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SAN ANTONIO — A San Antonio convenience store is in the crosshairs of Texas Attorney General Ken Paxton's office, which has sued Stop By Mart owner Sung Kyu Choe to stop the sales of synthetic marijuana.
The Attorney General's office alleges that Choe has deceived customers by labeling the substance as legal and safe, reported My San Antonio.
On March 27, Paxton's office obtained a temporary restraining order from Civil District Judge Cathy Stryker and is asking for a permanent injunction against Choe. Stryker set a hearing for April 10.
According to the lawsuit, the state agency's Consumer Protection Division was contacted in late 2016 by San Antonio Police Department detectives who had seized more than 300 packages of illegal synthetic cannabinoids while conducting a follow-up inspection in 2015 after Choe was cited for Texas Alcohol Beverage Commission violations.
The drugs were sold under brand names like "Kush," "Spice," "K2" and "Scooby Snax" in bags that contained no mention of potential harmful side effects. Instead, the bags were deceptively labeled as "lab certified legal" and with the disclaimer: "This product does not contain illegal or banned ingredients," the suit said.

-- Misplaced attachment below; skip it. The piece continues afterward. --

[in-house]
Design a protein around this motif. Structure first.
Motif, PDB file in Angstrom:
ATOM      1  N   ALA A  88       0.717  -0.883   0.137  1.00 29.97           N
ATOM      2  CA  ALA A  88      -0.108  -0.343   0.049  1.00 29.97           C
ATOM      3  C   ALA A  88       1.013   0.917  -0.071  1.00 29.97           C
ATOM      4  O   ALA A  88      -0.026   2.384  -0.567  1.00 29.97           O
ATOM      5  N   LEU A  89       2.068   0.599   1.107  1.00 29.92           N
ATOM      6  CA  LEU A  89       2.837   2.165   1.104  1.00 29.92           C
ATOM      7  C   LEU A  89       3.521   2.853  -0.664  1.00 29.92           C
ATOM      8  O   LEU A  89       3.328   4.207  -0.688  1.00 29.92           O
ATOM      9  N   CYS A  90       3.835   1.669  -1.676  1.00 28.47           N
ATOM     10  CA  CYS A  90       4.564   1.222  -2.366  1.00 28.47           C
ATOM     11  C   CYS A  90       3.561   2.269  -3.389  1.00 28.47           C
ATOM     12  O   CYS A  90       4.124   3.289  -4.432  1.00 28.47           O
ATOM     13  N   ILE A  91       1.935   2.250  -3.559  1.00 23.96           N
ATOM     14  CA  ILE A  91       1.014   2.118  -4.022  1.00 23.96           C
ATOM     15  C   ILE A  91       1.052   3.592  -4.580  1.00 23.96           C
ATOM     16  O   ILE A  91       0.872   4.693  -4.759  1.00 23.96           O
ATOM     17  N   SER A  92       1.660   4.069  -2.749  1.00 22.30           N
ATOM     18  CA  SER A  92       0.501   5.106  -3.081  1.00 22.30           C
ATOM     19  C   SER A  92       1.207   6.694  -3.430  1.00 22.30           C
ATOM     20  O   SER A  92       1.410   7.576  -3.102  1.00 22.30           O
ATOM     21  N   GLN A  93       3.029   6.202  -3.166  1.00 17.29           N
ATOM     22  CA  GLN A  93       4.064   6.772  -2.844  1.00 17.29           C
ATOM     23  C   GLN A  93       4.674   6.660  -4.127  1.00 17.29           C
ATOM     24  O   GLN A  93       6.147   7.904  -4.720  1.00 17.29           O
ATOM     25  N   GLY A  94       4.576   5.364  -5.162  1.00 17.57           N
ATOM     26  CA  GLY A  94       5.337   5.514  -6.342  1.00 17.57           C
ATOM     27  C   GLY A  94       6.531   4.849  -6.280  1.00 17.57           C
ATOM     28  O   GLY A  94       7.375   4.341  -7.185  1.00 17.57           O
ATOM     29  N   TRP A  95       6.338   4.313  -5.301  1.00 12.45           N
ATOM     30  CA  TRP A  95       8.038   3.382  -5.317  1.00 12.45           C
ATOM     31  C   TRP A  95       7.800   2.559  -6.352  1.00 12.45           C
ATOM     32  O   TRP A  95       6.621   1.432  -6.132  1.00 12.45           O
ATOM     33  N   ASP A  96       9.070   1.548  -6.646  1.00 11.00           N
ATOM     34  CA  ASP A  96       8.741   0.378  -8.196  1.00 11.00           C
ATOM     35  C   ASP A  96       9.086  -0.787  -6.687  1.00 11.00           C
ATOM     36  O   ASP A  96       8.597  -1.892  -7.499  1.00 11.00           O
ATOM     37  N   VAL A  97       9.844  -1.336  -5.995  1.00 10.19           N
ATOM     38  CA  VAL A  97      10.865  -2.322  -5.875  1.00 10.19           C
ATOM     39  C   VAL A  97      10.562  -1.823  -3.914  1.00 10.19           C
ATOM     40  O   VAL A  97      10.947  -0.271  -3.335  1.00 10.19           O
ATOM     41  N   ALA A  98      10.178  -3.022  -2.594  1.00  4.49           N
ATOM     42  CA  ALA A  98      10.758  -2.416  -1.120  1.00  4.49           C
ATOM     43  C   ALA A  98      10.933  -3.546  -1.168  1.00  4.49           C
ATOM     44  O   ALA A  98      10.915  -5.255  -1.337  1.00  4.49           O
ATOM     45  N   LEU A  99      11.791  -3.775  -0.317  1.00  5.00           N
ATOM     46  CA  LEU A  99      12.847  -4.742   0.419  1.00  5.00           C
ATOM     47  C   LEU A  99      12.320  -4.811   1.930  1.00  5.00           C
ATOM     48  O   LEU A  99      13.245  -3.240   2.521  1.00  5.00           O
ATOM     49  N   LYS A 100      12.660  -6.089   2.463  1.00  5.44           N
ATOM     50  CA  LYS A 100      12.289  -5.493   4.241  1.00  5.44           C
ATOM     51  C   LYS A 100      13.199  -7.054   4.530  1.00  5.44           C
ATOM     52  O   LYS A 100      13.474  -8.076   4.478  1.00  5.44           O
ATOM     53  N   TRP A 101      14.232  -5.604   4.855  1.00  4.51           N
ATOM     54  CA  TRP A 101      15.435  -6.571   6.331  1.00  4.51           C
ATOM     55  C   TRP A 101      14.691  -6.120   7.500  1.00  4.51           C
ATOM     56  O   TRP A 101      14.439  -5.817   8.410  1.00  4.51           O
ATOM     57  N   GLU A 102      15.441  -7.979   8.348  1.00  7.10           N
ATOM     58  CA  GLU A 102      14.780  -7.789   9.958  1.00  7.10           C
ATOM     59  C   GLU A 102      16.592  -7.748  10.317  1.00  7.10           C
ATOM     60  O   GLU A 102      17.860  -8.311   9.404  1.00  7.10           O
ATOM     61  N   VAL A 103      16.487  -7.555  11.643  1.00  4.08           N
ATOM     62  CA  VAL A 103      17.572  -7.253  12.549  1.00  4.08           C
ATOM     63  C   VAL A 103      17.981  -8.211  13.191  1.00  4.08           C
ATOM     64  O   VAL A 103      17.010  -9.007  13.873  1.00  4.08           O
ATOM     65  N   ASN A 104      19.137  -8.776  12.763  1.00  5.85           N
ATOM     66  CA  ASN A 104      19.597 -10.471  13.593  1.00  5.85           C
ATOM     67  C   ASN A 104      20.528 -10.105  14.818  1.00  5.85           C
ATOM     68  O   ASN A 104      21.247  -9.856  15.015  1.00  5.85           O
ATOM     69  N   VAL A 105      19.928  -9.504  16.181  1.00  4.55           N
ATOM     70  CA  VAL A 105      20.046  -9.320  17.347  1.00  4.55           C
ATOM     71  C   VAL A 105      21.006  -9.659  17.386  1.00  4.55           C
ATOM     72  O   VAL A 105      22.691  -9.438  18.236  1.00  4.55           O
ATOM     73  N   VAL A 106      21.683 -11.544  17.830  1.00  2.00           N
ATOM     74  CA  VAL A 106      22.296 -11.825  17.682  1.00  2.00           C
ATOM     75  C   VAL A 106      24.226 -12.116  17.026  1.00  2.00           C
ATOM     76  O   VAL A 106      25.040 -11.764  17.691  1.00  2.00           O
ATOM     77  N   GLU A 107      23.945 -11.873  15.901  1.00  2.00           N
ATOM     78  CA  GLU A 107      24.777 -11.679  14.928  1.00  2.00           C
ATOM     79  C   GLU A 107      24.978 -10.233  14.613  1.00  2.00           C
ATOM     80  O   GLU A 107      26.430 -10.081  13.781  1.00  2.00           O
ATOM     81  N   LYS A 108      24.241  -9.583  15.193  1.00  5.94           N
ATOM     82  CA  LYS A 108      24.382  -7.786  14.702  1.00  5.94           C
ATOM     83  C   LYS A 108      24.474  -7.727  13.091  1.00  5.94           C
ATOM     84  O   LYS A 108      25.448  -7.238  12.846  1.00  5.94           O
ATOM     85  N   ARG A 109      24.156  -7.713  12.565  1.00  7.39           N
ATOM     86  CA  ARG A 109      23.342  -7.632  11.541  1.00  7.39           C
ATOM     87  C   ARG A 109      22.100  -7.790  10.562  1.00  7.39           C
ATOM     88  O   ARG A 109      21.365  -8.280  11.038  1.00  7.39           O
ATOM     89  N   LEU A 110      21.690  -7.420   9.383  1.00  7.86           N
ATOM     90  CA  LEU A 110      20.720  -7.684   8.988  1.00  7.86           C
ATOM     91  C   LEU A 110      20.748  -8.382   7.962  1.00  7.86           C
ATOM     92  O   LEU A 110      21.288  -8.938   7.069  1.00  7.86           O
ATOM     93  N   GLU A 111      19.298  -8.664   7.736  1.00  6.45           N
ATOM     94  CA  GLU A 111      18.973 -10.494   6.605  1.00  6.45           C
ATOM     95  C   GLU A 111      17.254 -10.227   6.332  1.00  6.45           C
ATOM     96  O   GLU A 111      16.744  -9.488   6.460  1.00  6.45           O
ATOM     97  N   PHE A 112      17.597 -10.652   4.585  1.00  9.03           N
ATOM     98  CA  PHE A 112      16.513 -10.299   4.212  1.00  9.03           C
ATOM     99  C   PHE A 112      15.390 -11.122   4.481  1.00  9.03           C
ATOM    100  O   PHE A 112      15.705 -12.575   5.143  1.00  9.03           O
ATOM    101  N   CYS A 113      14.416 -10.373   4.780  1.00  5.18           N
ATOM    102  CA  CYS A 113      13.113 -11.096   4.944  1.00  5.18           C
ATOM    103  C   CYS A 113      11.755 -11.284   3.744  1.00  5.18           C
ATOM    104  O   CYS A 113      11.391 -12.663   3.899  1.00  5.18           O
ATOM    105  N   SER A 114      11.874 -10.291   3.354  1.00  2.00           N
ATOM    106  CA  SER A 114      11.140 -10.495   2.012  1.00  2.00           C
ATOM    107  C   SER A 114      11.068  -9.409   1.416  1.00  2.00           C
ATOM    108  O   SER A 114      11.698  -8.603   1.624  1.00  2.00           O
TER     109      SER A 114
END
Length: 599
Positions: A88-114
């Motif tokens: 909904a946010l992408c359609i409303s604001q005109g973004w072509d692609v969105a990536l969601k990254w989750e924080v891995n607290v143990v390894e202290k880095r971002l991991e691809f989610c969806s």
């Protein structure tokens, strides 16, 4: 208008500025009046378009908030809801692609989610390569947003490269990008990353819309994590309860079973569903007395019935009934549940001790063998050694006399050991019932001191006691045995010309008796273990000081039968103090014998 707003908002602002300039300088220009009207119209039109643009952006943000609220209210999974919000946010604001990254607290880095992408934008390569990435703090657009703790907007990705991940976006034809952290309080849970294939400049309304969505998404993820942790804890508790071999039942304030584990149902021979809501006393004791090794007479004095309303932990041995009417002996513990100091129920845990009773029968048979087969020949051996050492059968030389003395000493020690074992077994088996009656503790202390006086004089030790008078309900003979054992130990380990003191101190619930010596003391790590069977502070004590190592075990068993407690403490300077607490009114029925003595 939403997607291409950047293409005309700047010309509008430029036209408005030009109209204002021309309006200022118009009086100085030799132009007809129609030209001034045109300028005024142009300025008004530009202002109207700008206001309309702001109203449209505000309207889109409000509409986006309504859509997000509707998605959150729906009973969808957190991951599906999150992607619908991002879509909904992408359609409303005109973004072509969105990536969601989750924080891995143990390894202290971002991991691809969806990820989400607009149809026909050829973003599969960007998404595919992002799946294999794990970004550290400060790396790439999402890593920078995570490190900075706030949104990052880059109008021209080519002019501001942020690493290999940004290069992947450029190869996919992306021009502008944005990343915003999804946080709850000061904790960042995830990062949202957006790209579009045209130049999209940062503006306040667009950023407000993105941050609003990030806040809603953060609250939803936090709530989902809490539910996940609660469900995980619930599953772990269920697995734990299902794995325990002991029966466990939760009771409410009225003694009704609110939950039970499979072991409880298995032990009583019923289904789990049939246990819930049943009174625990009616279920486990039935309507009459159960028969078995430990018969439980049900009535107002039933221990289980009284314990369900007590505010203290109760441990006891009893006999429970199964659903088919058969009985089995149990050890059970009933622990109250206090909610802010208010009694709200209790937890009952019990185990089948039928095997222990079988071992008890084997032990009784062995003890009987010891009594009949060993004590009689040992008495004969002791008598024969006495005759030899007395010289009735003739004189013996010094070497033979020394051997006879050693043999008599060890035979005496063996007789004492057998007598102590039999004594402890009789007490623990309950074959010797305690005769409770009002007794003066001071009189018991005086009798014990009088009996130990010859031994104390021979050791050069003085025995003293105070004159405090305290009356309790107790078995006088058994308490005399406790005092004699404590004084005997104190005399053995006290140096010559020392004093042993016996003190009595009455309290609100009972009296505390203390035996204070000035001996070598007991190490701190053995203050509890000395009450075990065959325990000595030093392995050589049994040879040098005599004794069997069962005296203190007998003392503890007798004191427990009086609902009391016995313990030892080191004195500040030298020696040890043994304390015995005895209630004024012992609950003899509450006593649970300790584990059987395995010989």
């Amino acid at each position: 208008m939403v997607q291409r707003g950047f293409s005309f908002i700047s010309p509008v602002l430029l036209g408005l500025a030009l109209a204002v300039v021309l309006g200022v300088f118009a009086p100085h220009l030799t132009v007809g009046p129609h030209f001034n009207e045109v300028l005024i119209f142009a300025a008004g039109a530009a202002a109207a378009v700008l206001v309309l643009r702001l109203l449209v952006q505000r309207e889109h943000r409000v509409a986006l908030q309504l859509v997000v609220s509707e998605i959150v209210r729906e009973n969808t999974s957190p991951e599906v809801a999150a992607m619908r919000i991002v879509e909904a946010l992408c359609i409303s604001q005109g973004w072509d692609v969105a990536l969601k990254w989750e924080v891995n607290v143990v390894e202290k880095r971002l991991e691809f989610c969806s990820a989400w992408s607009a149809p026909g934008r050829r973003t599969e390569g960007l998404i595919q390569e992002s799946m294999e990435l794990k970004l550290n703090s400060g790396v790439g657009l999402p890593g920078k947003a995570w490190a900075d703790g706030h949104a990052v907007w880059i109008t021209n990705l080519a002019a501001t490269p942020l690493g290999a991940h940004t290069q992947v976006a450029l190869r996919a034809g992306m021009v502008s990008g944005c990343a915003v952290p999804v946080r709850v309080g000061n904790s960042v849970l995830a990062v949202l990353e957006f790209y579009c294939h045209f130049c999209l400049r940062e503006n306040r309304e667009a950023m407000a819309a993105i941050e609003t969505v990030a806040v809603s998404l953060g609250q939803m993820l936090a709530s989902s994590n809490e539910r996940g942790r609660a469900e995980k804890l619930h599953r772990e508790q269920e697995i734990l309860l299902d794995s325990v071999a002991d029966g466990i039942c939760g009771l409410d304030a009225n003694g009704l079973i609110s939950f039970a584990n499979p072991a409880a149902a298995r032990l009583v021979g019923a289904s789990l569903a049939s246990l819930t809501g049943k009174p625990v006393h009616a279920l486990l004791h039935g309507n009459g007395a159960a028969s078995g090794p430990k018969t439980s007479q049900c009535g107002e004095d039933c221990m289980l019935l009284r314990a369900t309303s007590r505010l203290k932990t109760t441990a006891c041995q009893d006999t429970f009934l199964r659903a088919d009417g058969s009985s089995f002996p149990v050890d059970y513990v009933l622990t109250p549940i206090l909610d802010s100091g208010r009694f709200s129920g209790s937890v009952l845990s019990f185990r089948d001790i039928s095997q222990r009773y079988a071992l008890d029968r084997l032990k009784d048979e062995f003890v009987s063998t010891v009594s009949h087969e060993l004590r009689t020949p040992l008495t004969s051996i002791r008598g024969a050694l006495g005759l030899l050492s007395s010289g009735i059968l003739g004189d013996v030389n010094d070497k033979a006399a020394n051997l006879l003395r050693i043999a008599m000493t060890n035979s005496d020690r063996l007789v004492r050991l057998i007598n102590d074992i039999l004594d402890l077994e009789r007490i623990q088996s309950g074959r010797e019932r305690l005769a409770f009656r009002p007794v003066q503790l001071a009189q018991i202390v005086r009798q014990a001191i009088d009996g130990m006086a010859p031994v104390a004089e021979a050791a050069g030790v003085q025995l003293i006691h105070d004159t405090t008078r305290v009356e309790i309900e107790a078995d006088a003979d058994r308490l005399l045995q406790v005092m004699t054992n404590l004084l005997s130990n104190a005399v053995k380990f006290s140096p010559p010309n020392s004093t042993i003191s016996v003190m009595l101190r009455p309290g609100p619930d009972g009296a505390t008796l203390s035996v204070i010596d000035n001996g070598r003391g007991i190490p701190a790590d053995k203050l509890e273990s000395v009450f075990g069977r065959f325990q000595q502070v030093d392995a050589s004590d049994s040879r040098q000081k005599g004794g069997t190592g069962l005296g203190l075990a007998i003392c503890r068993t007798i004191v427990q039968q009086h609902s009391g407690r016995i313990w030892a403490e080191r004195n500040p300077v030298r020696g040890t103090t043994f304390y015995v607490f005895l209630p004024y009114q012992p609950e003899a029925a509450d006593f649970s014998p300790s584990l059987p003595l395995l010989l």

In another inspection of the store in late 2016, detectives seized 177 more packages and the department notified the Attorney General's office.
Sgt. Jesse Salame, the San Antonio Police Department spokesman, said police were concerned with how sellers market the product. "The marketing is the most insidious part. The names sound innocent and almost fun. Kids might turn to that as an alternative," he commented.
Records show Choe has no attorney listed with the court, the news outlet reported.
Stop By Mart is located in the 4700 block of Pecan Valley on the Southeast Side in San Antonio.